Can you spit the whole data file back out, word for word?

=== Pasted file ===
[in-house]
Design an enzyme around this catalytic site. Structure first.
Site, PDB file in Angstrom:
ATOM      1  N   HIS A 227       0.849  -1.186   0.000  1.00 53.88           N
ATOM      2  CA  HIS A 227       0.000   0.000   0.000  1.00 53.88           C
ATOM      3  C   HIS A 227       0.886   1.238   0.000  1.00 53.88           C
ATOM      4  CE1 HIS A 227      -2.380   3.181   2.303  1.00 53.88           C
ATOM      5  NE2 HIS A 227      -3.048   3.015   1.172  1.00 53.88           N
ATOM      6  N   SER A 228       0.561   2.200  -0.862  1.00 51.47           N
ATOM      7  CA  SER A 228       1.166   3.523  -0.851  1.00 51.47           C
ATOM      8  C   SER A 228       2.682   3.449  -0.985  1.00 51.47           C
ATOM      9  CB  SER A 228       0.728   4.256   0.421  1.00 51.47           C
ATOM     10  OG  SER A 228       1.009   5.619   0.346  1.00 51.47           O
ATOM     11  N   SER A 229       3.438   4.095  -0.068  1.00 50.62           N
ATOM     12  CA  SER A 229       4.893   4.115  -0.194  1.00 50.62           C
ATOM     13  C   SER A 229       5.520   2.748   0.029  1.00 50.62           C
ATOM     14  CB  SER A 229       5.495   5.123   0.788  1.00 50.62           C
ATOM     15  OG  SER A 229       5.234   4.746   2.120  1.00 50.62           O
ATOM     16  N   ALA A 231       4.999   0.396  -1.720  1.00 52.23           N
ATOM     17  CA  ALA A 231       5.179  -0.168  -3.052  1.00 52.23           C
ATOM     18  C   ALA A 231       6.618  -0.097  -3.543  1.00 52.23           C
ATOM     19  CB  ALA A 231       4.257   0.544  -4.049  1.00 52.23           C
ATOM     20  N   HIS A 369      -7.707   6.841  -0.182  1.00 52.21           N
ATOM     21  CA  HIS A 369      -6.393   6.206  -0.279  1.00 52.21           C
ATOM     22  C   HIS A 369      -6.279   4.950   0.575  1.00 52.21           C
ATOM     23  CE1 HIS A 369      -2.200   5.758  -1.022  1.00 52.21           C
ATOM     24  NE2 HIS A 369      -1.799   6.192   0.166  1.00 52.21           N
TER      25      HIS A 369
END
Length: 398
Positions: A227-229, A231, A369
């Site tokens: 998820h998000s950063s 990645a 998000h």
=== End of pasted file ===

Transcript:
[in-house]
Design an enzyme around this catalytic site. Structure first.
Site, PDB file in Angstrom:
ATOM      1  N   HIS A 227       0.849  -1.186   0.000  1.00 53.88           N
ATOM      2  CA  HIS A 227       0.000   0.000   0.000  1.00 53.88           C
ATOM      3  C   HIS A 227       0.886   1.238   0.000  1.00 53.88           C
ATOM      4  CE1 HIS A 227      -2.380   3.181   2.303  1.00 53.88           C
ATOM      5  NE2 HIS A 227      -3.048   3.015   1.172  1.00 53.88           N
ATOM      6  N   SER A 228       0.561   2.200  -0.862  1.00 51.47           N
ATOM      7  CA  SER A 228       1.166   3.523  -0.851  1.00 51.47           C
ATOM      8  C   SER A 228       2.682   3.449  -0.985  1.00 51.47           C
ATOM      9  CB  SER A 228       0.728   4.256   0.421  1.00 51.47           C
ATOM     10  OG  SER A 228       1.009   5.619   0.346  1.00 51.47           O
ATOM     11  N   SER A 229       3.438   4.095  -0.068  1.00 50.62           N
ATOM     12  CA  SER A 229       4.893   4.115  -0.194  1.00 50.62           C
ATOM     13  C   SER A 229       5.520   2.748   0.029  1.00 50.62           C
ATOM     14  CB  SER A 229       5.495   5.123   0.788  1.00 50.62           C
ATOM     15  OG  SER A 229       5.234   4.746   2.120  1.00 50.62           O
ATOM     16  N   ALA A 231       4.999   0.396  -1.720  1.00 52.23           N
ATOM     17  CA  ALA A 231       5.179  -0.168  -3.052  1.00 52.23           C
ATOM     18  C   ALA A 231       6.618  -0.097  -3.543  1.00 52.23           C
ATOM     19  CB  ALA A 231       4.257   0.544  -4.049  1.00 52.23           C
ATOM     20  N   HIS A 369      -7.707   6.841  -0.182  1.00 52.21           N
ATOM     21  CA  HIS A 369      -6.393   6.206  -0.279  1.00 52.21           C
ATOM     22  C   HIS A 369      -6.279   4.950   0.575  1.00 52.21           C
ATOM     23  CE1 HIS A 369      -2.200   5.758  -1.022  1.00 52.21           C
ATOM     24  NE2 HIS A 369      -1.799   6.192   0.166  1.00 52.21           N
TER      25      HIS A 369
END
Length: 398
Positions: A227-229, A231, A369
């Site tokens: 998820h998000s950063s 990645a 998000h």